Similarly, research on the barriers to work, training and education for parents in the area carried out in 2014 (including Pembury parents as researchers) informed the Pembury Pathways project, which provides advice and support to parents across a range of issues including employment, skills and training, childcare, parenting, volunteering and signposting to other services. A focus on understanding the links between deprivation and disadvantage and outcomes for children continued through ethnographic research carried out in 2015 11 which highlighted families' strong focus on child wellbeing, and that families were eager to improve their own lives and to support their friends and neighbours. It also found, however, that these families were often facing challenges associated with insecure housing and financial constraints, and a sense of 'just coping' which made it hard to plan for the future and to make the most of their situations. Strains on family resilience were seen to affect children in multiple ways: some adopted 'just keep going' attitudes; others were worried about safety or viewed their future with apprehension. In families where parents were secure and settled, there were positive impacts for the children: clearer plans, a more relaxed attitude to play and school, and excitement for the future.
Hope Through Telehealth
At HopeSpoke we understand that in the midst of a global physical health pandemic, there has also been an impact on individual’s mental health and wellness making the need for our services even more vital. In an effort to keep our community, clients, and staff safe HopeSpoke worked to quickly modify our programming including added cleaning and health and safety measures and moving some therapy services to telehealth. In a matter of five days HopeSpoke’s Outpatient program went completely remote to allow our therapists to safely provide quality mental health services.
57 such as the Family Star 14 , and latterly the modified Family Star Plus 15 , alongside a wide range of more bespoke assessment tools designed to measure specific areas of family functioning (e.g. parenting skills and confidence, social and emotional wellbeing). In contrast to the more formally administrative function of the CAF of E-CAF, the Family Star was commonly valued for its emphasis on giving children and families a voice within the assessment process. This was also reflected in the subsequent action planning and review process. Despite the popularity of the Family Star and its visual representation of data for helping to validate progress with families, a number of local authorities had encountered difficulties using the format with some families during the early stages of the intervention. It was reported that families sometimes tended to overestimate their present abilities to cope, either because they were not yet in a position to recognise that some behaviours or routines were problematic, or because the relationship with the worker was a new one and the family was anxious to portray a sense of being in control. As a consequence, workers commonly found that the Family Star ratings worsened considerably in-between the early stages of the assessment and subsequent monitoring points. Troubled Families
The omnibus Budget reconciliation act of 1993 created Subpart 2 of Title iV-B of the Social Security act and established grants to states for family preservation and family support services for fY 1994 through fY 1998. it also established the Court improvement Program and included funds for evaluation and technical assistance and funding for tribes. in 1997, the adoption and Safefamilies act (aSfa) changed the name of the program to Promoting Safe and Stable families, authorized funding through fY 2001, and added time-limited family reunification services and adoption promotion and support services to the list of service categories. This addition was in keeping with aSfa’s emphasis on permanency for children already in foster care, in addition to the existing emphasis on placement prevention. PSSf was amended in 2001 to add $200 million annually in authorized discretionary funding and again in 2005 in the deficit reduction act to add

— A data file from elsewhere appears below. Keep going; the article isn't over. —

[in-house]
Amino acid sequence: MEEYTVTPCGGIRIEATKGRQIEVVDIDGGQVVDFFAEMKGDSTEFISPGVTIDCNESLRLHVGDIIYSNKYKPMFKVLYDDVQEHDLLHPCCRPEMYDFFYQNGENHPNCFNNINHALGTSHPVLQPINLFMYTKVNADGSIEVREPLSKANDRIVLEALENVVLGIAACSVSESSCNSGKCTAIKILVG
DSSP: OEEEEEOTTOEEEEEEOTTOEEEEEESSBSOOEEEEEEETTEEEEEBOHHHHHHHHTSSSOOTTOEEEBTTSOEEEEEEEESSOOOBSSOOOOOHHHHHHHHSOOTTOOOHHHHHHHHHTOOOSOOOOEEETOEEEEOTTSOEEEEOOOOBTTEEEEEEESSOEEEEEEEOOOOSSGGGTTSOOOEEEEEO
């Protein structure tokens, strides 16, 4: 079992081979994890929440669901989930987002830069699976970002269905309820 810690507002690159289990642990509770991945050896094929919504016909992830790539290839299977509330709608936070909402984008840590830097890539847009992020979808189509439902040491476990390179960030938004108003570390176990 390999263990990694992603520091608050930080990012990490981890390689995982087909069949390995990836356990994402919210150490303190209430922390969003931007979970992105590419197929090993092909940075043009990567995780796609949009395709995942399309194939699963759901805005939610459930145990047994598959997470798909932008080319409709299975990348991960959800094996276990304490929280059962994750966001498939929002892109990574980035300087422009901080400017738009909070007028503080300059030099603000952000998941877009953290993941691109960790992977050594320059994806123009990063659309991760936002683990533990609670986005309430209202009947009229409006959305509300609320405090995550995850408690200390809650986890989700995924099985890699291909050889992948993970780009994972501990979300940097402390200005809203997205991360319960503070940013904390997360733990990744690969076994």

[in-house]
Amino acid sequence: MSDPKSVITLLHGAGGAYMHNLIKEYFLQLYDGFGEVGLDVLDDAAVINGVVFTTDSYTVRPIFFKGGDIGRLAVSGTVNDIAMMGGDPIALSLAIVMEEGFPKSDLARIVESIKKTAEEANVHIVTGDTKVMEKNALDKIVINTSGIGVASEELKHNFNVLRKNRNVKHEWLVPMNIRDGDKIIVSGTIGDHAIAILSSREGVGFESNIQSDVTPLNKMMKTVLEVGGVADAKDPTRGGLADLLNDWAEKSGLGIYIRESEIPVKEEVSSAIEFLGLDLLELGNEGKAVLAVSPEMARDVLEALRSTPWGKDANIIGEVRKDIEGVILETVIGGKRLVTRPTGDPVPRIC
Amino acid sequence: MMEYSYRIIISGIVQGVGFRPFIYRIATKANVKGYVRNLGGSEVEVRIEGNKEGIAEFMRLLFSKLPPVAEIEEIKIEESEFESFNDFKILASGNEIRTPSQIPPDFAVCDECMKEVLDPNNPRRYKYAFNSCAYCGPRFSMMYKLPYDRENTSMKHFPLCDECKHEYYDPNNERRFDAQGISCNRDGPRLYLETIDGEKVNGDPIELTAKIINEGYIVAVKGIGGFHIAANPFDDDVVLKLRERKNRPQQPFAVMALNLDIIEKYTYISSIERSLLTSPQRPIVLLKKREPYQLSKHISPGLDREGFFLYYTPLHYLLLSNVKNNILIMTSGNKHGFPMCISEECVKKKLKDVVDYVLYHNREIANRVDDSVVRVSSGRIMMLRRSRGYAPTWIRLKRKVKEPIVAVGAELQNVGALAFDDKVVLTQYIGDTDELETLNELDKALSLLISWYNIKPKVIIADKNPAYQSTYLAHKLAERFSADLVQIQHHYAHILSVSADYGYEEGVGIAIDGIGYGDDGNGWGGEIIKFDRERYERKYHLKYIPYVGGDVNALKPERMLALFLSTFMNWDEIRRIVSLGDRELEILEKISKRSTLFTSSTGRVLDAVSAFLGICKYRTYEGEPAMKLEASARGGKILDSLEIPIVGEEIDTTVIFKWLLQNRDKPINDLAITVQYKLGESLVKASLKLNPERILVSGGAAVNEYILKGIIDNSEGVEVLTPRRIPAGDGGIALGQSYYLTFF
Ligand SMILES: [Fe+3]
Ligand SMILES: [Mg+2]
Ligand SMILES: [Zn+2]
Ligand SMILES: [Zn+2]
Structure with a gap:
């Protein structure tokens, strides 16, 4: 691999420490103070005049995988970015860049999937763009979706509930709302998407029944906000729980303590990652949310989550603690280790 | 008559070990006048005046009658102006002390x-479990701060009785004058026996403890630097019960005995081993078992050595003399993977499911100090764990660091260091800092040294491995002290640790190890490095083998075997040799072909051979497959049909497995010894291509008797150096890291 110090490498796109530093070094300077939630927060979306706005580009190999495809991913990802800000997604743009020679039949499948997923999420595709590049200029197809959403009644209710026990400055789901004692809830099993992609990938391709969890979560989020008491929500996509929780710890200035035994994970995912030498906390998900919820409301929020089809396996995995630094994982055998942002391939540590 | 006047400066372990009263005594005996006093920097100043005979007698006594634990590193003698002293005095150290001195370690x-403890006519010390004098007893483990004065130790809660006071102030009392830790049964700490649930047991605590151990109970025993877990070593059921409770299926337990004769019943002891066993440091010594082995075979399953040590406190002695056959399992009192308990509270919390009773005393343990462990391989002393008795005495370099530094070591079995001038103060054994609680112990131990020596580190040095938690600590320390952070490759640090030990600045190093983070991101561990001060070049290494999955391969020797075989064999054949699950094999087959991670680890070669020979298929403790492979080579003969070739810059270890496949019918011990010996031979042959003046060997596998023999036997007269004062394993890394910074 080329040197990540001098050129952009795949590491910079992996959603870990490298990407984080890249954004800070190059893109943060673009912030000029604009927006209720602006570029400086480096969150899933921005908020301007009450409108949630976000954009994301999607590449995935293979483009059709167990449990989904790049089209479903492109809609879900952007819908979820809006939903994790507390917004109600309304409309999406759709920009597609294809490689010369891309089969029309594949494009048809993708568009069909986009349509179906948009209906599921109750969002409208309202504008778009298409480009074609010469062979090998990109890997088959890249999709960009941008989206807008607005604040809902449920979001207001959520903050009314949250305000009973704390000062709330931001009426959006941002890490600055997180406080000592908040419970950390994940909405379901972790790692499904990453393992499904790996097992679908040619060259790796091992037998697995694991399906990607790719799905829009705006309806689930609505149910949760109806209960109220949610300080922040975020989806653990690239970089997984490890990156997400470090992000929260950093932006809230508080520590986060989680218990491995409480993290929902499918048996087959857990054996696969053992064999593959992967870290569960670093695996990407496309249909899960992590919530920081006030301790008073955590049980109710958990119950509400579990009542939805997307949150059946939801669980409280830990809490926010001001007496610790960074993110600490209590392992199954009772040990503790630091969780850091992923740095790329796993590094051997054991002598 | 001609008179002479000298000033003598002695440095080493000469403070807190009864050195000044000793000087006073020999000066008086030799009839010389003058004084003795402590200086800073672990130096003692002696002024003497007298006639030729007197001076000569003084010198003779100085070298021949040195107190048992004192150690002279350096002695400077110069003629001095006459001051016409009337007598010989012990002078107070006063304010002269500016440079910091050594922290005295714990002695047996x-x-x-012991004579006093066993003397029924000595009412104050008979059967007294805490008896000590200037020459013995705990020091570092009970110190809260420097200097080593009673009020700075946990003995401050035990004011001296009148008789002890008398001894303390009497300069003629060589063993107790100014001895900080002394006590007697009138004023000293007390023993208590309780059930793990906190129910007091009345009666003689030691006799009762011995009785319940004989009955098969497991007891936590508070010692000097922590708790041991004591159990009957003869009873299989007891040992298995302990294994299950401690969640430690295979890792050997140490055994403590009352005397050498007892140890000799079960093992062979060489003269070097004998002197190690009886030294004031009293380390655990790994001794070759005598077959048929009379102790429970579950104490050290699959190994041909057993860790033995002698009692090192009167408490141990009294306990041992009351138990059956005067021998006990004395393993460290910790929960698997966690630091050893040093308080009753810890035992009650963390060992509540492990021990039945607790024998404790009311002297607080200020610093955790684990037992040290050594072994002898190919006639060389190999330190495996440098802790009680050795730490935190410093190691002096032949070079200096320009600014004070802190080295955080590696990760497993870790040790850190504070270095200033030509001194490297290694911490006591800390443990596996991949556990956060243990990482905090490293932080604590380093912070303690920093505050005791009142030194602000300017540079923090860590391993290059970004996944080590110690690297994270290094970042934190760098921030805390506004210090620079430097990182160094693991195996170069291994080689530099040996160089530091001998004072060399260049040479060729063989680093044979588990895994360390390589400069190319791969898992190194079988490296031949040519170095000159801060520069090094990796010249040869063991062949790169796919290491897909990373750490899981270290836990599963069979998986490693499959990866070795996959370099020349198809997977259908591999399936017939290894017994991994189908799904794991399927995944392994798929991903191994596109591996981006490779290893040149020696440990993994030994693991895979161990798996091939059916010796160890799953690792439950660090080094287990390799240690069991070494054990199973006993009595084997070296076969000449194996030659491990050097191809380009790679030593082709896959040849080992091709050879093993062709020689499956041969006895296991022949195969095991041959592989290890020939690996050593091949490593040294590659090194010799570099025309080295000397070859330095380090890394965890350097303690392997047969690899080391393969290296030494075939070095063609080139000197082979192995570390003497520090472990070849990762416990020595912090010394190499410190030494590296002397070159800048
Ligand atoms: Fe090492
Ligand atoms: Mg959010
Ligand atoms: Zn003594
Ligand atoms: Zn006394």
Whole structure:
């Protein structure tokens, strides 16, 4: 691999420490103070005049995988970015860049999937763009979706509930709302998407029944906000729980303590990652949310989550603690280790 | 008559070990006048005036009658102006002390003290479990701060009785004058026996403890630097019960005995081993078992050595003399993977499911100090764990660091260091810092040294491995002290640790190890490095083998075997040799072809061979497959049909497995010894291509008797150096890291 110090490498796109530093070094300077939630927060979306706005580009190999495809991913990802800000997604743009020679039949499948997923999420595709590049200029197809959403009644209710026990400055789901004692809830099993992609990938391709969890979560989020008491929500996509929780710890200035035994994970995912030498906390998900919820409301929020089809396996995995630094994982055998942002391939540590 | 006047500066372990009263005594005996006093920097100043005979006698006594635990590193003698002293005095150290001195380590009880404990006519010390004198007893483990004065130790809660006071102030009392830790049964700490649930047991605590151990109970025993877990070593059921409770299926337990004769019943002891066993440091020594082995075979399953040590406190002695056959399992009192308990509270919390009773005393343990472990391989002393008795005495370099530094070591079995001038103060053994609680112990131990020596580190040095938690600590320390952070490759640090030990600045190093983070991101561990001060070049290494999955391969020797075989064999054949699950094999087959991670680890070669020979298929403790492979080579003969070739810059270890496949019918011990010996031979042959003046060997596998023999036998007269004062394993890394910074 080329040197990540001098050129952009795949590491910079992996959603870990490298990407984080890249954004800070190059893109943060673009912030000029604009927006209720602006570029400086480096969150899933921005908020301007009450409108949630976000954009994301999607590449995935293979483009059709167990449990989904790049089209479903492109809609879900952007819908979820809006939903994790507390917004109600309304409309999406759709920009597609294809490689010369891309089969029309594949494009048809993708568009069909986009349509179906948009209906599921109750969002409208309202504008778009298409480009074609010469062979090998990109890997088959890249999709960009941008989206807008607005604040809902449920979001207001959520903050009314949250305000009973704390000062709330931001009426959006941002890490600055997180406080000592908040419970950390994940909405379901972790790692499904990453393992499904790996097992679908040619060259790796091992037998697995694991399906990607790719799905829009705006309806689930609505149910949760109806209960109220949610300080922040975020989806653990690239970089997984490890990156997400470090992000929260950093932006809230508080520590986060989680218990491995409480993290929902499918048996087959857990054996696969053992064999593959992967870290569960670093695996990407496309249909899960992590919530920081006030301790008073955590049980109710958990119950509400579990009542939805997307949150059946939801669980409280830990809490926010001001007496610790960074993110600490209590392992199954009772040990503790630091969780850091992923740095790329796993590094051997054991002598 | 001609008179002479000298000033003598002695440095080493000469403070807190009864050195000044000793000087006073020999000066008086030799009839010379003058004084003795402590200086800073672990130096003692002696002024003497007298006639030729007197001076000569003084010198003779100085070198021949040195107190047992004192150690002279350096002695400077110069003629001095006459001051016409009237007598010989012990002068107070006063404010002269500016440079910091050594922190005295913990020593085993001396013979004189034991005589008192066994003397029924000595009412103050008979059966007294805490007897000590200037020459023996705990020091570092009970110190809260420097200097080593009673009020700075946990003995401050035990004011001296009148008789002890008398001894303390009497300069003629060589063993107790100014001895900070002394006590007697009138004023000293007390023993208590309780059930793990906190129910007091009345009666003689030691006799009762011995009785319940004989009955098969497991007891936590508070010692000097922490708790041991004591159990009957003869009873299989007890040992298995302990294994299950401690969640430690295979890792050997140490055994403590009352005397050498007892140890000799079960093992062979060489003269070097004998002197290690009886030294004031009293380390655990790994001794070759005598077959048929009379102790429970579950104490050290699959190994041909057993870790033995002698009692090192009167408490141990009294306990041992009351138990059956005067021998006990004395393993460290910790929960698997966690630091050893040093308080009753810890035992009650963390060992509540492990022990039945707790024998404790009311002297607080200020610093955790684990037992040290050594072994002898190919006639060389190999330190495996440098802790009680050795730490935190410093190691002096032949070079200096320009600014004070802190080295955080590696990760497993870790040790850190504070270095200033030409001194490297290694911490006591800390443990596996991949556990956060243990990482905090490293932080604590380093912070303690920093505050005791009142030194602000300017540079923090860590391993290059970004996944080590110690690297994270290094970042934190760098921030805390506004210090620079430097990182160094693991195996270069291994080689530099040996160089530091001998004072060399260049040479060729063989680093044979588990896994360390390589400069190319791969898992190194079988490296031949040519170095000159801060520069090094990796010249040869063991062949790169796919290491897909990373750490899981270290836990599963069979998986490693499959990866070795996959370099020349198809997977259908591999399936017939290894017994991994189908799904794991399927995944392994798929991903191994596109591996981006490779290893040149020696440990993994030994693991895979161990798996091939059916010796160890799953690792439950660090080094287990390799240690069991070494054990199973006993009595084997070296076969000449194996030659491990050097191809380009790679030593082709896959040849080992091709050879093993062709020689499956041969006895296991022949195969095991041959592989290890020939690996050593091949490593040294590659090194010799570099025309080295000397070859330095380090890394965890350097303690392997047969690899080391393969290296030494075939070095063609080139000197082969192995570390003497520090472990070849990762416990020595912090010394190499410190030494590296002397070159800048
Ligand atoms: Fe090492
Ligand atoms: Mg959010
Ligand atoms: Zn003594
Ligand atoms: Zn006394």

Newly created roles were seen to add value in supporting reflective practice, improving quality assurance and increasing intensive, direct work with families. Social Work
Consultants had become a highly valued part of their teams’ support structures and were actively line-managing other staff, which was felt to be an extremely effective way of embedding their supportive and developmental role. Senior Lead Practitioners were seen to have more capacity for intensive, direct work with families than was available to Social Workers who still held demanding statutory caseloads. However, their role was often seen to be unclear by co-workers throughout the roll-out, and uncertainties about the specific purpose of these Senior Lead Practitioner roles continue, particularly in relation to whether or not they were intended to work within a specialist field of expertise. Family Workers have been effective in providing early intervention support to service users, taking a more holistic view of a family’s needs, and are seen as being able to detect less overt indicators of assets or risks in behaviour and environment. Team Co-ordinators have reduced the burden of administrative tasks on Social Workers, creating greater opportunity for increasing direct work with families. They have also provided positive support for Team Managers and Social Work Consultants.
). It is not proposed to increase the overall budget but to amend the eligibility criteria for the supplement.
The scenarios presented are based on discussions with the private, voluntary and school sectors.
The IDACI does highlight concentrations of children from income deprived households, however when analysed against the households of two-year olds in receipt of funding based on low family income, the spread of children is much greater than that in receipt of deprivation funding. Only 53% of FSM funded two-year olds live in households eligible for the deprivation supplement. For example in the autumn term of 288 children in receipt of two-year old funding, 59 (20 per cent) of the children in the live in the Isle and Brigg localities where no households are eligible for deprivation funding. The government encourage local authorities to consider using their deprivation supplement to increase the local rate of the EYPP for children, to maximise opportunities to narrow the gap. The children eligible for pupil premium are primarily those that were eligible for a funded place at two-years of age.